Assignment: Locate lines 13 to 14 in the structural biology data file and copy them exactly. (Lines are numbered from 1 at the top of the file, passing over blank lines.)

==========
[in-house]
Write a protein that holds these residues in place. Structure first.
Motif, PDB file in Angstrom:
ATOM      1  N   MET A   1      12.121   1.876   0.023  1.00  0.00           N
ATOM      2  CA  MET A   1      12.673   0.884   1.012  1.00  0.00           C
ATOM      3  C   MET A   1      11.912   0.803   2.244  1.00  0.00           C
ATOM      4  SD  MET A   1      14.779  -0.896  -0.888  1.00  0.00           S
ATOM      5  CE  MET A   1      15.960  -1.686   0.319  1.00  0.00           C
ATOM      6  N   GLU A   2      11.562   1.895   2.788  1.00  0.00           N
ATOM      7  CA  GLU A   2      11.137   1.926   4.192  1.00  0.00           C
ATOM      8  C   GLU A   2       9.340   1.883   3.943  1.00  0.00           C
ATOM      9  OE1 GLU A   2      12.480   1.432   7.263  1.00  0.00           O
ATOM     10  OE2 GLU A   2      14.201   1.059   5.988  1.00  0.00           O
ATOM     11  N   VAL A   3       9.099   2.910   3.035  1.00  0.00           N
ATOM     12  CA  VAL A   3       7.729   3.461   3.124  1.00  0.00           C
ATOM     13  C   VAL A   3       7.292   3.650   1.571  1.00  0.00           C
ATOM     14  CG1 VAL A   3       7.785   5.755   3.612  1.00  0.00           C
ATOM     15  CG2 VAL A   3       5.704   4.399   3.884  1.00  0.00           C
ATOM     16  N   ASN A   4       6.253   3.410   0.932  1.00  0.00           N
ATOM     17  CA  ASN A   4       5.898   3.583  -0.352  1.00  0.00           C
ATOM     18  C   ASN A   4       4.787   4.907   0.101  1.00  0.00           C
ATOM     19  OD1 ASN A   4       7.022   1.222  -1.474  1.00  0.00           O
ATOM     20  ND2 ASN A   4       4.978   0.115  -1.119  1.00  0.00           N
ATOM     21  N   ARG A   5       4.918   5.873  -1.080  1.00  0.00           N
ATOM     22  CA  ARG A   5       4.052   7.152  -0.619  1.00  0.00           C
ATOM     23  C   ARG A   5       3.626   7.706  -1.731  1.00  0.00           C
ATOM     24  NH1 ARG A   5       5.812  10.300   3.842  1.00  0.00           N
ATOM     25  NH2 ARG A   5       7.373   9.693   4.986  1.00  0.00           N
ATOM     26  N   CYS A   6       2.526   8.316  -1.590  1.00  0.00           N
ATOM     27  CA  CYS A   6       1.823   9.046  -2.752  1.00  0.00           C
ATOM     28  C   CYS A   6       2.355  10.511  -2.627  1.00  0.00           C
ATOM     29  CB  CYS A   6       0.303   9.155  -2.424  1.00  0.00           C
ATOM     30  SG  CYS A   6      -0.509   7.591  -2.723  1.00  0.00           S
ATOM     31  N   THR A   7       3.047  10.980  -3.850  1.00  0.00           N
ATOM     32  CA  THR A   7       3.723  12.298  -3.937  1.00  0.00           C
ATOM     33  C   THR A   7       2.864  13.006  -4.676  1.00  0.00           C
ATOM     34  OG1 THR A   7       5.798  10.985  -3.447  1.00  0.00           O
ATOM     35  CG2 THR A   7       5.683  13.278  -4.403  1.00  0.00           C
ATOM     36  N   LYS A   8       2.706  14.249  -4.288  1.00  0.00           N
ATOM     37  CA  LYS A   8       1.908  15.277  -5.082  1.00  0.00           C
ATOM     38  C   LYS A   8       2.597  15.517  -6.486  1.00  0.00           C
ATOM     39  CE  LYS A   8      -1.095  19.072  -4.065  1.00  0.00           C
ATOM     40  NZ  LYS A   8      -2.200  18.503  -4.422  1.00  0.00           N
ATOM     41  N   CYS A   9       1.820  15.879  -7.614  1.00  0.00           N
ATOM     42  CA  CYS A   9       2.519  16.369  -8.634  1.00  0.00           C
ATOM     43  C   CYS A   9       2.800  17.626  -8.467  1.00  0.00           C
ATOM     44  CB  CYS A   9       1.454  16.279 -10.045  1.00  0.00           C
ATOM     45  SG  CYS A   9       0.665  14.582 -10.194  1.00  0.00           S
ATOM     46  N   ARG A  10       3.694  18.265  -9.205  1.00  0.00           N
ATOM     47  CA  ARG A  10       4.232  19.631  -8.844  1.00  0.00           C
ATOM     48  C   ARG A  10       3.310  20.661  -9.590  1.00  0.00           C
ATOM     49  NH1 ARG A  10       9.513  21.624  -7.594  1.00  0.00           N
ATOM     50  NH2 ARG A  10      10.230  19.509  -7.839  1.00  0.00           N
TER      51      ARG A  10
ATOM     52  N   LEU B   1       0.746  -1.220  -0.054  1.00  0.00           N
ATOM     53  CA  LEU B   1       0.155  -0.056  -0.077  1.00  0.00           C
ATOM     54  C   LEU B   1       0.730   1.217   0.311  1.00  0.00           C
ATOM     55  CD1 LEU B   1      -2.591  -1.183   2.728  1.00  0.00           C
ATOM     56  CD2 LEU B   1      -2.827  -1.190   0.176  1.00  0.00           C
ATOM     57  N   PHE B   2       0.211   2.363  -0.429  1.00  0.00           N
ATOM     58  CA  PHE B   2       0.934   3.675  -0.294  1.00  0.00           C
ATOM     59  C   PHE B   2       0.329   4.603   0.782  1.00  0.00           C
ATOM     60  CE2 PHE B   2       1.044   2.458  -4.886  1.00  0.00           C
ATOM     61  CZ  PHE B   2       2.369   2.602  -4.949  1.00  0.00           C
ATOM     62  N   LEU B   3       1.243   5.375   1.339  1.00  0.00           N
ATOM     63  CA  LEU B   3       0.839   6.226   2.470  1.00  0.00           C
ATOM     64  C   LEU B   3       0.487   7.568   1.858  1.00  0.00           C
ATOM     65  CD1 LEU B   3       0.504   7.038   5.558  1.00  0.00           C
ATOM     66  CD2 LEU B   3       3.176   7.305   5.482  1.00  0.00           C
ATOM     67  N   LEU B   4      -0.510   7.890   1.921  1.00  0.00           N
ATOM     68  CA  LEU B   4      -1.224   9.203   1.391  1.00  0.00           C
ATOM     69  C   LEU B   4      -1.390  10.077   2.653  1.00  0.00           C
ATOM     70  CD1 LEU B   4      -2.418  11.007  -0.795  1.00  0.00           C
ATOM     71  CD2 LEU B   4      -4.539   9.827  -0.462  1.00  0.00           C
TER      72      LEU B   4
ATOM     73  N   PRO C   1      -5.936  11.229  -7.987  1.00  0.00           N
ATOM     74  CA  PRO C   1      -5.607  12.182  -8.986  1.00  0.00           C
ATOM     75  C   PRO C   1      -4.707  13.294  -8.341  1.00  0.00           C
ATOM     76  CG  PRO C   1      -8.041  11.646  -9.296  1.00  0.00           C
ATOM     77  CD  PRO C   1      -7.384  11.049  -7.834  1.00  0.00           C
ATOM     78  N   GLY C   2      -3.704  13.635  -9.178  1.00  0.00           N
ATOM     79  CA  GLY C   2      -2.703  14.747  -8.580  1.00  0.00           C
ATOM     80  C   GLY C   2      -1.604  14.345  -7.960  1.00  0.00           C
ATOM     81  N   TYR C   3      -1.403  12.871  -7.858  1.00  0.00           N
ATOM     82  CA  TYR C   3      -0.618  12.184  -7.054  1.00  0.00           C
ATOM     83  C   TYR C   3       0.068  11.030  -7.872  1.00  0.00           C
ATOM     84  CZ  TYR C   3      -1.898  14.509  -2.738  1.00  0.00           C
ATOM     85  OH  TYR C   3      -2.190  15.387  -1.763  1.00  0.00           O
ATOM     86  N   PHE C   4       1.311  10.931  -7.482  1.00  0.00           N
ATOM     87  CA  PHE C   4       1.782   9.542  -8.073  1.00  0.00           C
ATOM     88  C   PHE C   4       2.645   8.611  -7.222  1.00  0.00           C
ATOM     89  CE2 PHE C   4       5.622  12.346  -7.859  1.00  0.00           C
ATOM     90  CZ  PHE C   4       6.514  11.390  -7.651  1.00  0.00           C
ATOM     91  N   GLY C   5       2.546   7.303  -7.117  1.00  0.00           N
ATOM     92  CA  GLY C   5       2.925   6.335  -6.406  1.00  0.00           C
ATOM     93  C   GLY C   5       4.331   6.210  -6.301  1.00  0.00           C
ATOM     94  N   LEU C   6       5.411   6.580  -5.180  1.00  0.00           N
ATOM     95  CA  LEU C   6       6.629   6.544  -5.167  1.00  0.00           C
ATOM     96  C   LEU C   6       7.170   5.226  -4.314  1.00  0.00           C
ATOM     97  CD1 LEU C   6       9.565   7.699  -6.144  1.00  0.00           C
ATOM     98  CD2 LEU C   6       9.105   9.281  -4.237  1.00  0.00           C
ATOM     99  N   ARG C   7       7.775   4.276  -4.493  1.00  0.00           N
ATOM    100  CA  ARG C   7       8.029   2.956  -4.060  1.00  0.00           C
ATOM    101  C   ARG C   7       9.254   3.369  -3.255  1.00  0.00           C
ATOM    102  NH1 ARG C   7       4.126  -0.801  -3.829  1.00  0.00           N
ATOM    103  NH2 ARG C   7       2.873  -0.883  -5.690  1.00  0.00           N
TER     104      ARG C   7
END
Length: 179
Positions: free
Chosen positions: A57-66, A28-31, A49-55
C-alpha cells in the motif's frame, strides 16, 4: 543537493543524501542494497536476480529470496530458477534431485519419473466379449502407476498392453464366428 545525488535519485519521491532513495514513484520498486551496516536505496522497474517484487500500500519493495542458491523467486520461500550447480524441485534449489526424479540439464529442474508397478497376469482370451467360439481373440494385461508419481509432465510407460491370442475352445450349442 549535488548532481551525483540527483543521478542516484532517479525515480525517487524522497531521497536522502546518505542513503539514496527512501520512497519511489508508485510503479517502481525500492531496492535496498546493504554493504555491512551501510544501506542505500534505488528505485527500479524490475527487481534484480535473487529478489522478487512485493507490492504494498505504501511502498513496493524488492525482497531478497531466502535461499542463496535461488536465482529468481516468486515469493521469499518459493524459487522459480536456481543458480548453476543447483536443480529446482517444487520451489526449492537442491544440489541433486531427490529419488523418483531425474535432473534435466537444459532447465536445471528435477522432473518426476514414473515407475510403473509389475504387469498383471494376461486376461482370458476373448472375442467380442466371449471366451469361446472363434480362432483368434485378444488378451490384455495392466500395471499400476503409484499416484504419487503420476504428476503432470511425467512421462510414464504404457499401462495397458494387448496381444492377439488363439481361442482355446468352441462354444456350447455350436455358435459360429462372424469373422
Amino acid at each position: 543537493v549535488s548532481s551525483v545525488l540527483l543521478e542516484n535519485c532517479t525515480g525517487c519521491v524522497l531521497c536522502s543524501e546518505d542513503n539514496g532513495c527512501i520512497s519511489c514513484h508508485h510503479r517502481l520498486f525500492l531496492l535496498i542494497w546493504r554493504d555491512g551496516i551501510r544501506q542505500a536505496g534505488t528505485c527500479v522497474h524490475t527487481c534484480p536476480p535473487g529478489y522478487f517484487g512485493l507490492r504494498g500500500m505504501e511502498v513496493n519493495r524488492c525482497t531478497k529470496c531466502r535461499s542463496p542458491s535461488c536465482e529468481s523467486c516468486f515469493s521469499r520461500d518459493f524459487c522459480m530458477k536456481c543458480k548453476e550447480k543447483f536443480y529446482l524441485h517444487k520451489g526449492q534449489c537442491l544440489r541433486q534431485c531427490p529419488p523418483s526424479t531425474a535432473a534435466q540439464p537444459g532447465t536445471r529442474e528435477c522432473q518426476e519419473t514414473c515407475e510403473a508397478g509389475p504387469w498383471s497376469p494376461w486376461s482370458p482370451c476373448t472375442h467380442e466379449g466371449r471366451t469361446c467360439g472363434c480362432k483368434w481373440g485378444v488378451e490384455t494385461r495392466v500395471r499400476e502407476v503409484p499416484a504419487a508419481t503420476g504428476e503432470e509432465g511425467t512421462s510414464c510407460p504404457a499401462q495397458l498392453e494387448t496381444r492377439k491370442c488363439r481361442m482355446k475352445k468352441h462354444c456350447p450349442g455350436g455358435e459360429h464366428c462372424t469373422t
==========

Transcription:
ATOM     10  OE2 GLU A   2      14.201   1.059   5.988  1.00  0.00           O
ATOM     11  N   VAL A   3       9.099   2.910   3.035  1.00  0.00           N